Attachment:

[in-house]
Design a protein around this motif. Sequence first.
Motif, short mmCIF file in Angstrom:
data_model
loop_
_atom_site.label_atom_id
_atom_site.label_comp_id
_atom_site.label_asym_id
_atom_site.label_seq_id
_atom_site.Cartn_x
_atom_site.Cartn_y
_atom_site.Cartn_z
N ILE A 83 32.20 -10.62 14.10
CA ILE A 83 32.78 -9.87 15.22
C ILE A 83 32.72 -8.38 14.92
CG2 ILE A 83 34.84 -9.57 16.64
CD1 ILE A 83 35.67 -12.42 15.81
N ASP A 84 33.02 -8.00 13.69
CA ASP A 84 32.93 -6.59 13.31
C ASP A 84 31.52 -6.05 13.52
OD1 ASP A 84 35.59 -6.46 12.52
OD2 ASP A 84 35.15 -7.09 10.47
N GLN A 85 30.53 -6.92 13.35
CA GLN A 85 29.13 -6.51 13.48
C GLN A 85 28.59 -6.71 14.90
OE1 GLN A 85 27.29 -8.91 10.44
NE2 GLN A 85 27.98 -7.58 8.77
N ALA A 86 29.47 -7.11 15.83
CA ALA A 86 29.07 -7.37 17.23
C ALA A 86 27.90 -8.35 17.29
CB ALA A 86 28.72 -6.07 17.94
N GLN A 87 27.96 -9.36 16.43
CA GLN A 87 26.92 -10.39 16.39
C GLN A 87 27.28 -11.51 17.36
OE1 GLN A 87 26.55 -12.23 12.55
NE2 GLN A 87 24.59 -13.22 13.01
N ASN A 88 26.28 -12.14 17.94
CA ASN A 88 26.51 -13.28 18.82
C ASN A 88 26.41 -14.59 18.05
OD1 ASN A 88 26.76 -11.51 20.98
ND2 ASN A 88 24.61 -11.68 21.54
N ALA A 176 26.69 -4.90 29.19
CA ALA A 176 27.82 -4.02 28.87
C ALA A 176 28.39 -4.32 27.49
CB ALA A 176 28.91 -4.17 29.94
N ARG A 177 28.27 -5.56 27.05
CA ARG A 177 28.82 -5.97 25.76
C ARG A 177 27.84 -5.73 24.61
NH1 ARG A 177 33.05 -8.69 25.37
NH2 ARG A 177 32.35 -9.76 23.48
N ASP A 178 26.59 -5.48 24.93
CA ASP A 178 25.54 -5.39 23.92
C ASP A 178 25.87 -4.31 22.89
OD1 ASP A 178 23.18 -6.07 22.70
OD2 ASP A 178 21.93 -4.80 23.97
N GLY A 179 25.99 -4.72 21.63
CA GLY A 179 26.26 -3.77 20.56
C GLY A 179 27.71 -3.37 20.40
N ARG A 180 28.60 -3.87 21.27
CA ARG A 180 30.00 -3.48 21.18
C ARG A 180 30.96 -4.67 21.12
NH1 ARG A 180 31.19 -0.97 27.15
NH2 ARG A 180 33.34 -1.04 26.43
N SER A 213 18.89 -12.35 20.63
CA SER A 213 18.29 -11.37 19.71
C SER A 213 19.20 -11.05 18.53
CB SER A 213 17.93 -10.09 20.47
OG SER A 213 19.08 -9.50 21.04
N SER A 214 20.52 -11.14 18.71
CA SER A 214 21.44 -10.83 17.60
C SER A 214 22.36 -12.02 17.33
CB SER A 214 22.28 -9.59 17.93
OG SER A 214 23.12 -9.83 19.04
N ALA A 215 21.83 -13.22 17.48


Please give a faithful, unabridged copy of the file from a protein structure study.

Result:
[in-house]
Design a protein around this motif. Sequence first.
Motif, short mmCIF file in Angstrom:
data_model
loop_
_atom_site.label_atom_id
_atom_site.label_comp_id
_atom_site.label_asym_id
_atom_site.label_seq_id
_atom_site.Cartn_x
_atom_site.Cartn_y
_atom_site.Cartn_z
N ILE A 83 32.20 -10.62 14.10
CA ILE A 83 32.78 -9.87 15.22
C ILE A 83 32.72 -8.38 14.92
CG2 ILE A 83 34.84 -9.57 16.64
CD1 ILE A 83 35.67 -12.42 15.81
N ASP A 84 33.02 -8.00 13.69
CA ASP A 84 32.93 -6.59 13.31
C ASP A 84 31.52 -6.05 13.52
OD1 ASP A 84 35.59 -6.46 12.52
OD2 ASP A 84 35.15 -7.09 10.47
N GLN A 85 30.53 -6.92 13.35
CA GLN A 85 29.13 -6.51 13.48
C GLN A 85 28.59 -6.71 14.90
OE1 GLN A 85 27.29 -8.91 10.44
NE2 GLN A 85 27.98 -7.58 8.77
N ALA A 86 29.47 -7.11 15.83
CA ALA A 86 29.07 -7.37 17.23
C ALA A 86 27.90 -8.35 17.29
CB ALA A 86 28.72 -6.07 17.94
N GLN A 87 27.96 -9.36 16.43
CA GLN A 87 26.92 -10.39 16.39
C GLN A 87 27.28 -11.51 17.36
OE1 GLN A 87 26.55 -12.23 12.55
NE2 GLN A 87 24.59 -13.22 13.01
N ASN A 88 26.28 -12.14 17.94
CA ASN A 88 26.51 -13.28 18.82
C ASN A 88 26.41 -14.59 18.05
OD1 ASN A 88 26.76 -11.51 20.98
ND2 ASN A 88 24.61 -11.68 21.54
N ALA A 176 26.69 -4.90 29.19
CA ALA A 176 27.82 -4.02 28.87
C ALA A 176 28.39 -4.32 27.49
CB ALA A 176 28.91 -4.17 29.94
N ARG A 177 28.27 -5.56 27.05
CA ARG A 177 28.82 -5.97 25.76
C ARG A 177 27.84 -5.73 24.61
NH1 ARG A 177 33.05 -8.69 25.37
NH2 ARG A 177 32.35 -9.76 23.48
N ASP A 178 26.59 -5.48 24.93
CA ASP A 178 25.54 -5.39 23.92
C ASP A 178 25.87 -4.31 22.89
OD1 ASP A 178 23.18 -6.07 22.70
OD2 ASP A 178 21.93 -4.80 23.97
N GLY A 179 25.99 -4.72 21.63
CA GLY A 179 26.26 -3.77 20.56
C GLY A 179 27.71 -3.37 20.40
N ARG A 180 28.60 -3.87 21.27
CA ARG A 180 30.00 -3.48 21.18
C ARG A 180 30.96 -4.67 21.12
NH1 ARG A 180 31.19 -0.97 27.15
NH2 ARG A 180 33.34 -1.04 26.43
N SER A 213 18.89 -12.35 20.63
CA SER A 213 18.29 -11.37 19.71
C SER A 213 19.20 -11.05 18.53
CB SER A 213 17.93 -10.09 20.47
OG SER A 213 19.08 -9.50 21.04
N SER A 214 20.52 -11.14 18.71
CA SER A 214 21.44 -10.83 17.60
C SER A 214 22.36 -12.02 17.33
CB SER A 214 22.28 -9.59 17.93
OG SER A 214 23.12 -9.83 19.04
N ALA A 215 21.83 -13.22 17.48